Social licence is a de facto form of regulation that encourages companies to go beyond merely complying with legal requirements. Failure to comply with social licence conditions can lead to reputational damage and delay. While it does not establish a new legal or regulatory requirement, social licence can push the boundaries of existing ones.

The Concept of Social Licence

Social licence is a much referenced, but also much misunderstood concept. The term social licence is coined by Jim Cooney, an executive with Placer Dome, at a 1997 World Bank meeting examining the future survival of the mining industry. The phrase was an acknowledgement that the support of communities affected by mining could only be obtained and continued if companies demonstrated transparency and entered into an open dialogue with stakeholders.

Although there is no uniform definition of social licence, it can be said to embody the following general concepts:

  1. It is voluntary, not a legal concept or compliance issue.
  2. “Beyond compliance” behaviour is encouraged.
  3. Though not a legal contract per se, a company needs to strive to obtain an unwritten contract with stakeholders and society.
  4. It is often project or location specific (i.e. those most affected should have the most say).
  5. There may be a number of social licences, which must be maintained as social expectations and norms change over time.

The rise of the social licence phenomenon is rooted in a growing lack of public confidence and trust in government and governmental authorities to do the “right thing” in regulating business. The rise is also due, in part, to the rise of social media and the internet, and a generational shift in the views on the purpose behind business.

Criticisms of the Social Licence Concept

The social licence concept is subject to criticism. The rise of social licence is characterized by some critics as a serious threat because it can potentially delay or frustrate billions of dollars of economic development. To some, it is simply Not In My Backyard (NIMBY) dressed up and given another name, and has become a “licence to stall”.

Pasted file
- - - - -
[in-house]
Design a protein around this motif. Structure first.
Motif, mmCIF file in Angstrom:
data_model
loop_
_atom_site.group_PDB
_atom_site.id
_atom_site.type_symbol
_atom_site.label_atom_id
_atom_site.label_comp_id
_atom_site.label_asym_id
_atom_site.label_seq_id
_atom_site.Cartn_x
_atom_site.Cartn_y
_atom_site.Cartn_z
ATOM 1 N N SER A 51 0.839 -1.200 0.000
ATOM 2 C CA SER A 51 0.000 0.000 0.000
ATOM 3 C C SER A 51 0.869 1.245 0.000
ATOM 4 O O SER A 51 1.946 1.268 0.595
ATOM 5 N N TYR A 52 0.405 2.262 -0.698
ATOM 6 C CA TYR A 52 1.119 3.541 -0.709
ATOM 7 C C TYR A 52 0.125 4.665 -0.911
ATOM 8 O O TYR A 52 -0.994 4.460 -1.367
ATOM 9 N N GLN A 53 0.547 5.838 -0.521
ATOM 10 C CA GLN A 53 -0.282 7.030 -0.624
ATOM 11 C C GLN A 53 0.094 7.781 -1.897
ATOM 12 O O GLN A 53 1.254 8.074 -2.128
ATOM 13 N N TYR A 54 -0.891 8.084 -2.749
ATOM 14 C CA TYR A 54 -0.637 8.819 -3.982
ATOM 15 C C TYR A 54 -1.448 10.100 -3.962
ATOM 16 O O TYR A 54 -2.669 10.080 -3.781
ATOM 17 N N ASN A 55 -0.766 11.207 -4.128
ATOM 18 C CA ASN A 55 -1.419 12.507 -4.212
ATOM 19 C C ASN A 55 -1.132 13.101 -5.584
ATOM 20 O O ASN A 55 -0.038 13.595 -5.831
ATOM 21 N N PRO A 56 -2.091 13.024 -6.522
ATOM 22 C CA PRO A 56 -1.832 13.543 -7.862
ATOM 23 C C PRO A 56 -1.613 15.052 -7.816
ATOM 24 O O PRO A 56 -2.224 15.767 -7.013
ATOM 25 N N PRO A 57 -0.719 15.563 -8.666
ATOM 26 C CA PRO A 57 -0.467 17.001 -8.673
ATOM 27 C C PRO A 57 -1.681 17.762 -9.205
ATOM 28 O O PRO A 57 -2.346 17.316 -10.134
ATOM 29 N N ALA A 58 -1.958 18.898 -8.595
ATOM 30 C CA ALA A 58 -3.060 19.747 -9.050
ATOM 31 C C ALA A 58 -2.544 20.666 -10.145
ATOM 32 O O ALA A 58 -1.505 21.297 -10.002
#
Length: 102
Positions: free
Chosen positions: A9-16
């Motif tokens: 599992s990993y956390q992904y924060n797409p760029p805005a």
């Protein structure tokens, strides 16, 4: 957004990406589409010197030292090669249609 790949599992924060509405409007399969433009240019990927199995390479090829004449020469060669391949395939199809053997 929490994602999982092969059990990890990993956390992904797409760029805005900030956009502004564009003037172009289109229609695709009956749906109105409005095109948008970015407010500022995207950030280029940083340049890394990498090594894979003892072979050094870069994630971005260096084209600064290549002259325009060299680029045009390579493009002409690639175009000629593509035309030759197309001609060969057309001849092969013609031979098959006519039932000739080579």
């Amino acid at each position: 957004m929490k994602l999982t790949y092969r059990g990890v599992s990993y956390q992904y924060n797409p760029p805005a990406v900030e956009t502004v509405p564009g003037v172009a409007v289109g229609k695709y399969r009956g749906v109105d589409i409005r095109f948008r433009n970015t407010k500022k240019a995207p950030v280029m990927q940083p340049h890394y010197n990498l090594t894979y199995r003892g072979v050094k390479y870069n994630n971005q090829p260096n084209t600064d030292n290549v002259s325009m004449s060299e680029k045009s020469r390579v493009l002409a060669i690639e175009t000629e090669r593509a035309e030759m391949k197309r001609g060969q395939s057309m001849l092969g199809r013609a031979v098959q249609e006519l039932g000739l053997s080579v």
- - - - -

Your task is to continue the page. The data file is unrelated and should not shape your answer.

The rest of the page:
Despite such criticisms, the industry recognizes the importance of social licence. Many companies have tried to rise to the challenge, such as through Corporate Social Responsibility (CSR) in annual reports, and the inclusion of CSR expertise. In the corporate governance context, the term “social licence” is rarely used. Rather, it is usally referred to as “social acceptance”, a much broader term. The best vehicle to achieve social licence is, perhaps, strong and innovative transactional agreements.

Examples of Social Licence in the Commercial and Environmental Context

Northern Gateway

By Decision Statement issued June 17, 2014, the National Energy Board approved the Northern Gateway Pipeline Project, subject to 209 conditions. Despite numerous cited benefits flowing from the construction of what would be a 731 km twin pipeline running from Alberta's oil sands to the BC coast at Kitimat, it has been suggested by some that the project is quietly being shelved, largely due to social license issues. Among other things, a number of legal proceedings are currently underway in which First Nations and other aboriginal groups who would be impacted by its construction and operation, are challenging the pipeline's approval.

Because of these social license issues, as well as the added costs in meeting the 209 conditions attached to the pipeline's approval, the $7.9 billion original cost estimate is now considered to be significantly understated, and the future of the project is considered by some to be in grave jeopardy.